Misery is optional

Feb. 1, 2004
How does a young, physically fit, female dentist go from training for a triathlon to dealing with a potentially career-ending injury? The answer is simple and one that should get everyone's attention: musculoskeletal disorder.

Erika Mason, DDS

How does a young, physically fit, female dentist go from training for a triathlon to dealing with a potentially career-ending injury? The answer is simple and one that should get everyone's attention: musculoskeletal disorder.

At 16, I began a work/study program in dentistry and a career was born. I had many great mentors, and being exposed to professional dentistry at a young age was a fabulous experience. My last mentor was extremely passionate about the field of dentistry, and that passion became my own. I graduated from the Medical College of Virginia and began my practice.

Having always been physically fit, I decided five years ago to enter the Williamsburg, Virginia "Karen Dudley Triathlon" to raise funds for the fight against breast cancer, and I began training. While doing the necessary weight training, I was bothered by chronic shoulder pain. I started physical therapy so I could continue training, but eventually had to give up my dream of being in a triathlon. Years of practicing dentistry had taken its toll and injured my shoulder.

Due to a woman's anatomy, it is difficult to get as close to patients as is needed. Years of poor practice procedure and the fact that I had started at such a young age working as a hygienist, assistant, and dentist, created a very serious problem. Physical therapy became a part of my life just so I could practice.

When physical therapy didn't solve my problem, I sought the opinion of three different orthopedic surgeons. They all recommended surgery. My loose shoulder had to be tightened, putting me out of commission for up to eight weeks. I had surgery on December 19, 2002, and returned to work in eight weeks. When I returned, I found it difficult to practice and had to dismiss patients who had cavities in "the wrong place" or in areas difficult to reach. I could not practice up to my standards and I was still in pain.

At my six-month check-up, my surgery was deemed a "success." I expressed concern over my muscle fatigue and spasms and was told that medically, everything had been done. I was told to cut back on hours. I had worked three 10-hour days as my office is in a commuting area and patients rely on us being there early in the morning and late at night. I was reluctant to adjust this. When my surgeon suggested I work one-handed, I knew something had to change and that it would be up to me to discover the answer.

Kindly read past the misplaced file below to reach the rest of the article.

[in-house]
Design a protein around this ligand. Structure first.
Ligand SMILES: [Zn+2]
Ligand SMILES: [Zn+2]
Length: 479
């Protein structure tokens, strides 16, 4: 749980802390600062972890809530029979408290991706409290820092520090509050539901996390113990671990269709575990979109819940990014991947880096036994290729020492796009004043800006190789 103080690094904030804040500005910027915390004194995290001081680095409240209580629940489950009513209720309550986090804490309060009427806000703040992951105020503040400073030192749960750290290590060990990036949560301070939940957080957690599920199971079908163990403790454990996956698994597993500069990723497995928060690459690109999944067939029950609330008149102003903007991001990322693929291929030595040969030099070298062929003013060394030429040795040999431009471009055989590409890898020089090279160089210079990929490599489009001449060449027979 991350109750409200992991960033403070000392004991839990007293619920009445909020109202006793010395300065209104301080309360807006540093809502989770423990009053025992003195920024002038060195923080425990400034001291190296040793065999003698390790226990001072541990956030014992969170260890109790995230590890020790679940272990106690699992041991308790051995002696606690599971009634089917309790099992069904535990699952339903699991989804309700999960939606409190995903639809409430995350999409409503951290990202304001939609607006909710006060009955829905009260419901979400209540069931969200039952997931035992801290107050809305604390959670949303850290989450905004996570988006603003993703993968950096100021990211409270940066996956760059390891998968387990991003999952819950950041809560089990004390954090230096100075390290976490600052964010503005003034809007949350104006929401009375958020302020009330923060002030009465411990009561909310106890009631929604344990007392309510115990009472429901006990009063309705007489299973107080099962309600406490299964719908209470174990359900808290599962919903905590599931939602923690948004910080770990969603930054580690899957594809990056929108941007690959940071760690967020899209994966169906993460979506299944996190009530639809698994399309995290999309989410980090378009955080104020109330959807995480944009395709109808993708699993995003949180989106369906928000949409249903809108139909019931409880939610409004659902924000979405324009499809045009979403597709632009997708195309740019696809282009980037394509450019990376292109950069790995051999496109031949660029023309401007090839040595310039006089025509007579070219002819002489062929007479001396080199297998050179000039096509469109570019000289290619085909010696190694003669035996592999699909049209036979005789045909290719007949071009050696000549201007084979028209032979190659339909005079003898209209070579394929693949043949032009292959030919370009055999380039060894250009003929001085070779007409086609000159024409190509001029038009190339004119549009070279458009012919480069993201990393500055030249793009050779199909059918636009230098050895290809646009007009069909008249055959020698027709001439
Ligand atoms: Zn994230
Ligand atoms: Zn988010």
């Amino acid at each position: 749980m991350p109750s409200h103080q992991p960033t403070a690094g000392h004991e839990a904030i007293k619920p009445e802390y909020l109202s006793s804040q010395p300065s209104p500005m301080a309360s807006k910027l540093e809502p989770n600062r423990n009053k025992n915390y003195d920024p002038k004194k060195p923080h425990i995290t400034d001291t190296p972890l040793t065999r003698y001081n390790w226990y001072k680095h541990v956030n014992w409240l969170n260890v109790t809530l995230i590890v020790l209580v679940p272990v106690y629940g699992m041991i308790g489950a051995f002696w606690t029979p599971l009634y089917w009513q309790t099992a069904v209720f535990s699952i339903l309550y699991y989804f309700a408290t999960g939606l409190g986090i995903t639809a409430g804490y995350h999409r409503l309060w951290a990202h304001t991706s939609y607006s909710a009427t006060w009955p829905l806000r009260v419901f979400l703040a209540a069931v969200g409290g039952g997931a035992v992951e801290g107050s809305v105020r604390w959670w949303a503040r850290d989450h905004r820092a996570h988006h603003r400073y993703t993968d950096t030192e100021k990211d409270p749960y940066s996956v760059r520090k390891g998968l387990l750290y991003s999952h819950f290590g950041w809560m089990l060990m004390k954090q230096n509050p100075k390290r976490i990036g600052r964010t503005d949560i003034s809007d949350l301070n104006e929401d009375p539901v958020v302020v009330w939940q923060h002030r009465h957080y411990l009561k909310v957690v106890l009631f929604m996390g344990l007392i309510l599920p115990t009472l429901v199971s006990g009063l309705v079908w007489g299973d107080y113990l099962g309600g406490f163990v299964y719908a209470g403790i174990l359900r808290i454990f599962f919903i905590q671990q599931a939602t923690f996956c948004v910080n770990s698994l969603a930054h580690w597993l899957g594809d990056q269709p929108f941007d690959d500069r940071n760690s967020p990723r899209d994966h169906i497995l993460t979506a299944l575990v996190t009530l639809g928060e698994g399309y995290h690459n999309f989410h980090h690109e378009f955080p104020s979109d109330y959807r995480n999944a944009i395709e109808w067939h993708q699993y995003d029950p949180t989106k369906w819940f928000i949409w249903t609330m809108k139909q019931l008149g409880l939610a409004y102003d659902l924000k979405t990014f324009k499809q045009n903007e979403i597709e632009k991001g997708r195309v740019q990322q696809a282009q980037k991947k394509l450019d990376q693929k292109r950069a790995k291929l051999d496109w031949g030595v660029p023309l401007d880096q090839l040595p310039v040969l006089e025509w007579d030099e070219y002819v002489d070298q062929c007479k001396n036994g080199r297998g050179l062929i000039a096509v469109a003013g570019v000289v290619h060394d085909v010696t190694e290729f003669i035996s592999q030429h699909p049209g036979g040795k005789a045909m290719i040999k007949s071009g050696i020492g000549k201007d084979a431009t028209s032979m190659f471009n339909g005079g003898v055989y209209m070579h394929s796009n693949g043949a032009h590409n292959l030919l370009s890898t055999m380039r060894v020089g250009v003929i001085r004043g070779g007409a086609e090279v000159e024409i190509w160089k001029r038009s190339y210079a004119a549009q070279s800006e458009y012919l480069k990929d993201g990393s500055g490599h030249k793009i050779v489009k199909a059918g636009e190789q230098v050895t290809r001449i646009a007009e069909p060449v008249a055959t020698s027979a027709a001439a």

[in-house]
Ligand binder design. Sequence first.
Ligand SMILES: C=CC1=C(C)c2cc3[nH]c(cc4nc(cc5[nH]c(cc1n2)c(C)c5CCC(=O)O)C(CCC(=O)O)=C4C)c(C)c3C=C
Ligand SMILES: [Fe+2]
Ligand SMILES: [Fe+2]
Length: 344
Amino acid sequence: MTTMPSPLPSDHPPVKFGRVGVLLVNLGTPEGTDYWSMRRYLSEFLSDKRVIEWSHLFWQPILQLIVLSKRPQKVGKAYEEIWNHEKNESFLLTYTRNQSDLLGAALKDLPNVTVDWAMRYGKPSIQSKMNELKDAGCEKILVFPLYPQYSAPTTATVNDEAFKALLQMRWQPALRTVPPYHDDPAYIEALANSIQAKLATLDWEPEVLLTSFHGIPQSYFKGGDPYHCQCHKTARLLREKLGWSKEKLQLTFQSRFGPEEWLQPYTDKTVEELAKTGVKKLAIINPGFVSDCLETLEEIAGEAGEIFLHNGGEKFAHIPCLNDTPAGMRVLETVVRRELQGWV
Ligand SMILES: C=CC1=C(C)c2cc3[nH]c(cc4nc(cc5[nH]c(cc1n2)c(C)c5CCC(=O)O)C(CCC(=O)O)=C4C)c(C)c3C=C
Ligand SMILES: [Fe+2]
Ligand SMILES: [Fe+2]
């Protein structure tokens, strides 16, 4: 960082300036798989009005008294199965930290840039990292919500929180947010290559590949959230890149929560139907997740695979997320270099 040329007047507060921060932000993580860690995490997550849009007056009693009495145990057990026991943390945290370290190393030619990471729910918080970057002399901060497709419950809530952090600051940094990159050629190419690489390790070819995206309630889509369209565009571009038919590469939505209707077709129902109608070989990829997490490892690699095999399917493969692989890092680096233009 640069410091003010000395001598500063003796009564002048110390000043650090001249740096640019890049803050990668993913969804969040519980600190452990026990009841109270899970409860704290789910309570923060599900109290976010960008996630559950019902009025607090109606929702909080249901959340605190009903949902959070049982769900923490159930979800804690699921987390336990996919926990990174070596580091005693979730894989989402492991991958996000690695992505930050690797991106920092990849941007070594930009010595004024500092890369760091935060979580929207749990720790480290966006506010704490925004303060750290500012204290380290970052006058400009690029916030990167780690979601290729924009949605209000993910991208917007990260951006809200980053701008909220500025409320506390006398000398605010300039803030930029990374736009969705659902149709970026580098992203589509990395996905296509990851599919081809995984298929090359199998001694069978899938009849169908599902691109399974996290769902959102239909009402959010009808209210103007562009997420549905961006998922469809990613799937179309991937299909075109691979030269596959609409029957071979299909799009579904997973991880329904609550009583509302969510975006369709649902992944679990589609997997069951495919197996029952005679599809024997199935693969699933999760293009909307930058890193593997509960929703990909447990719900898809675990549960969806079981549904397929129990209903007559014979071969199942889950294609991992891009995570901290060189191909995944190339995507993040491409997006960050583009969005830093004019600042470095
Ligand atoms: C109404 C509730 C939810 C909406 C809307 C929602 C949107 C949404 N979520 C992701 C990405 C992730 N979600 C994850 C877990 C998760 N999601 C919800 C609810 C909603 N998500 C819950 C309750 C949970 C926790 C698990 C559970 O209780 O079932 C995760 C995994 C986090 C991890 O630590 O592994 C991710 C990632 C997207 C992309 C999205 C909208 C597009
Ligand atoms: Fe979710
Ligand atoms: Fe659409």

I was not sure I could continue with dentistry, and I contacted a dental consultant about selling my practice. The consultant recommended "not throwing the towel in yet," but to contact Dentech Corporation to see what suggestions they might have. Steve White, president of Dentech, and Inner Circle trainer Bryan Allem traveled to my office to help me find a solution. Nearly a decade ago, Mr. White made ergonomic design a corporate goal and fundamental requirement for the products his company designed and manufactured. He teaches dental professionals proper positioning, effective equipment utilization, and efficient operatory design to help them be more productive, experience less fatigue, and provide better dentistry to their patients.

The answer to my problem turned out to be ergonomics. I realized I was never taught how to properly position a patient. I had always positioned myself to accommodate the patient. At 5 feet, 6 inches tall, I am lucky to be able to use most equipment — which is designed for men — however, it is still more difficult to position myself ergonomically.

Consequently, I had a new patient chair, assistant's stool, operator's stool, and an ambient lighting system installed in my office. I am now in the process of building a new office and using what I learned from Steve White and Bryan Allem. I am also replacing the rear-delivery system I have always used with a Dentech side-delivery system. I strongly suggest sales people learn to ask dentists how they practice and be educated in ergonomics so they can help dentists set up ergonomic offices. Although I returned to my office in eight weeks, I really did not feel I fully returned until August 2003 — more than 32 weeks after surgery.

My advice to other dentists is to seek out the means by which they can properly position patients, look into changing the style of their delivery, lobby for ergonomics courses and attend lectures on the subject. I also believe one of the best things for dentists is massage therapy. Although I have cut one hour from my work schedule, I am still in the office three full days a week.

On September 14, 2003, I completed a 30-mile bike ride in New York City to raise funds to fight Multiple Sclerosis. I feel I am finally on the road back to the life I once enjoyed; a life that included both athletics and dentistry.

New challenges are always coming up. With fewer dentists taking care of more patients in the near future, dentists will have to learn how to cope ergonomically and learn to work in a more healthy way. Through a combination of education, ergonomically designed equipment, and proper practice procedures, dentists can practice the hours they want without suffering chronic pain or facing potentially career-ending musculoskeletal injuries.

Erika Mason, DDS, graduated from MCV/VCU School of Dentistry and has been in private practice near Richmond, Virginia since 1986. Appointed to the Council of Innovative Dentistry for 3M-ESPE Dental Products in 1999, Dr. Mason is also committed to promoting and mentoring women in Dentistry, lecturing, and writing articles.For contact information, visit www.erikamasondds.com or call (804) 745-0666.

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